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Students come up with a better machete and more     Send a link to a friend

[OCT. 23, 2004]  URBANA -- Thanks to the efforts of students from the University of Illinois, sugar cane cutters in South Africa could soon be using a better machete.

Nine students from the U of I traveled to South Africa this past summer on a unique study tour sponsored by the College of Agricultural, Consumer and Environmental Sciences. They were teamed with students at the University of KwaZulu-Natal to work on a variety of engineering design projects that dealt with everything from machetes to irrigation.

For instance, undergraduate students Nick Jones and Anthony McCullough were members of the team that studied the cutting performance of the sugar cane machete. They spent time cutting cane themselves to get a hands-on understanding of the labor involved; then they eventually worked on modifications to existing machetes to improve their ergonomics and cutting efficiency. Jones and McCullough also redesigned the cutting blade on a motorized tool that would cut the cane more efficiently and economically.

Alan Hansen, an associate professor in agricultural and biological engineering, came to the U of I from South Africa five years ago and accompanied the students on the trip. "I guess I've always had it in the back of my mind to take students back with me," he said. "I wanted them to experience what it's like, because it's a great country and a great environment."

However, Hansen and co-organizer Andrea Bohn, an assistant dean in the College of ACES, wanted to try something different from the typical study trip.

"I had the idea of the students working on projects while they were there," Hansen said. "I knew that the engineering department in South Africa organized design projects similar to what we have here, so I suggested that we pair up the students and work as teams across the Atlantic."

In addition to the machete work, other projects included the following:

  • Seth Wenzel and Zach Waite worked with their South African counterparts to design an automatic weighing system to accurately measure the amount of sugar cane lifted by a loader during harvest.
  • Geri Wellen and Laura Schutte developed a model for a low-cost microflood irrigation system that would make efficient use of available water and increase productivity.
  • Scott Dixon, Justin Bruns and Kevin Knapp incorporated a yield-mapping system onto a John Deere lawn mower. They set it up as a scale model for the kinds of systems currently used on modern combines, such as Global Positioning System receivers.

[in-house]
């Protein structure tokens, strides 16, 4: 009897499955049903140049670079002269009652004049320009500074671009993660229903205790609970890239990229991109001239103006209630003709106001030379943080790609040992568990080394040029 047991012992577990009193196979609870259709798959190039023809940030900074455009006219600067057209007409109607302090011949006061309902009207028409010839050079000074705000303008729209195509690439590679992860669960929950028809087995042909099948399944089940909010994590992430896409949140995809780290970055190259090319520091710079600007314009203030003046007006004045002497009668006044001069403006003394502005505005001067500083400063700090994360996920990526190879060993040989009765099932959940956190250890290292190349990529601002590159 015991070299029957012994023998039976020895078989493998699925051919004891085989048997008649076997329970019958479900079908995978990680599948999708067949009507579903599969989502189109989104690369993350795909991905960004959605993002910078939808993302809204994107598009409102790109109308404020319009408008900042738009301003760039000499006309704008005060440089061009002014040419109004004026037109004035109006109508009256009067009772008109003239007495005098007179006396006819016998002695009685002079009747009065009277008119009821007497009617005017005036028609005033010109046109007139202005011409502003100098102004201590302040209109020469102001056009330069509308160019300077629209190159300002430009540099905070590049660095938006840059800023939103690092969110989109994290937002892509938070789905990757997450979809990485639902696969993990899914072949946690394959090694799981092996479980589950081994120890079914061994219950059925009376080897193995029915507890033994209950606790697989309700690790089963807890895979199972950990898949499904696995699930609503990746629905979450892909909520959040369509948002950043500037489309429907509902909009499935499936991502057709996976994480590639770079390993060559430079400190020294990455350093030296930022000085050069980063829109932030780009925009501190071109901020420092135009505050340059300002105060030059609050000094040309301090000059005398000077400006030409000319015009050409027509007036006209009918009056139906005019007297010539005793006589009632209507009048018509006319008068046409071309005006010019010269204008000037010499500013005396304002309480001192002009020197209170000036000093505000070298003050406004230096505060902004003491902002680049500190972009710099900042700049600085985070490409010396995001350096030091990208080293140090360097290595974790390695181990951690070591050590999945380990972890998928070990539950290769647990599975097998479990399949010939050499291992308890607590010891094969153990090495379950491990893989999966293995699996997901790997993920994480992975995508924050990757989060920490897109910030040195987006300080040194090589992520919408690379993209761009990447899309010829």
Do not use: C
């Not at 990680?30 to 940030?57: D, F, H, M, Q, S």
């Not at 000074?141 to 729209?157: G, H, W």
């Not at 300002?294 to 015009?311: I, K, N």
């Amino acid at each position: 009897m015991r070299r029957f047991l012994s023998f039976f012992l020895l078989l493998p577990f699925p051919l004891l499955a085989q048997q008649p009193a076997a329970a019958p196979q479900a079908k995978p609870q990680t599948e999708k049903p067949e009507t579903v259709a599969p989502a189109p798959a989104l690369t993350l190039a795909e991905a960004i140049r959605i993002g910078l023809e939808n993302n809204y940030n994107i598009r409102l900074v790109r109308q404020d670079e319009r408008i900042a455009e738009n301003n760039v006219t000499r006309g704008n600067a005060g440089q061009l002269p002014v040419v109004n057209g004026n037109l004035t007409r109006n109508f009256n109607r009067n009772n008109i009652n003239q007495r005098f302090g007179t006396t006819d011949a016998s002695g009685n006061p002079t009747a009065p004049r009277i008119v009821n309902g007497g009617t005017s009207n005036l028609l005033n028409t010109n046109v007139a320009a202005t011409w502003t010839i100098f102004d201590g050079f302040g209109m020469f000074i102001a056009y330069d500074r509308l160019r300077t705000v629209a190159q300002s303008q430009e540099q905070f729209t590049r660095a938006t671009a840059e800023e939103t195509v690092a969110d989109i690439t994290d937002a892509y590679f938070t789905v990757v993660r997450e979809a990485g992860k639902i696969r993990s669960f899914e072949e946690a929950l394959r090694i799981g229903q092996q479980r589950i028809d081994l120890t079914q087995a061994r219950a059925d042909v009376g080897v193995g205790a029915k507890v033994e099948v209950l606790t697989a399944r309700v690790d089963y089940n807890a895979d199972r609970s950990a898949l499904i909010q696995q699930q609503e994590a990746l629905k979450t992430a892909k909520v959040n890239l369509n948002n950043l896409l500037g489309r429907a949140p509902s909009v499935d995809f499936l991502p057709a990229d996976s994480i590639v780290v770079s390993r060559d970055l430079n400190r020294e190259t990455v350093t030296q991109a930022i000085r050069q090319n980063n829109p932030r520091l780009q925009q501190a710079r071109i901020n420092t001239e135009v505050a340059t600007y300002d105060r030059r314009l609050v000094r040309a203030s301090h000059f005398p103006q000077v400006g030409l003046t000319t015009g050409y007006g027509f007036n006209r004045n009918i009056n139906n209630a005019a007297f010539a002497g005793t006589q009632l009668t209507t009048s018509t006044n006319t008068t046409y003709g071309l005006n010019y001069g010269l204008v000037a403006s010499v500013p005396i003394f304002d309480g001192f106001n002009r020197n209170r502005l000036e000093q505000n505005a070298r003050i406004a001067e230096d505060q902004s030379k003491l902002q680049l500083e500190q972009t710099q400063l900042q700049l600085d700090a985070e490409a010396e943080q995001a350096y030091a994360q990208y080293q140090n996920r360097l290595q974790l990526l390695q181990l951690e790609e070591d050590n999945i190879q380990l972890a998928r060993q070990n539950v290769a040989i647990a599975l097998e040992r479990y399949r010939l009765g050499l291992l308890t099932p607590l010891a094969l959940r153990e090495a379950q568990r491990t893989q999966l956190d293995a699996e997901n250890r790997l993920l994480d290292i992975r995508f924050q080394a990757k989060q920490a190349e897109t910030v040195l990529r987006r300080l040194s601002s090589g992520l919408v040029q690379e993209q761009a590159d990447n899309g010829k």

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Some items of equipment, software and sensors were purchased for the projects and intentionally left behind for the South African students to use. Funding for these gifts was provided by John Deere and Company and the U of I Department of Agricultural and Biological Engineering.

In addition to the educational experience the students received, Hansen was pleased that they were able to experience typical South African conditions and environments through weekend excursions. 

The students' visits to two game reserves gave them glimpses of a "whole cross section of wild animals indigenous to South Africa," said Hansen. "We saw warthogs, wildebeests, elephants, giraffe, rhinos, hippos, crocodiles and lots of birds. We visited a hide and were wonderfully entertained by some baboons there."

The group also traveled to the Drakensberg Mountains and stayed at a lodge that overlooked a 300-foot waterfall. 

"I know from the students that this trip had a great impact on them all," Hansen said. "I believe it has broadened their outlook considerably and will have a lasting influence on their academic, professional and personal lives."

The International Programs in Engineering provided a travel grant to cover 80 percent of the cost of airfare for the students, while the College of ACES and the Department of Agricultural and Biological Engineering also provided funding for the trip. A travel grant award from the Center for African Studies covered Hansenís expenses.

[University of Illinois news release]

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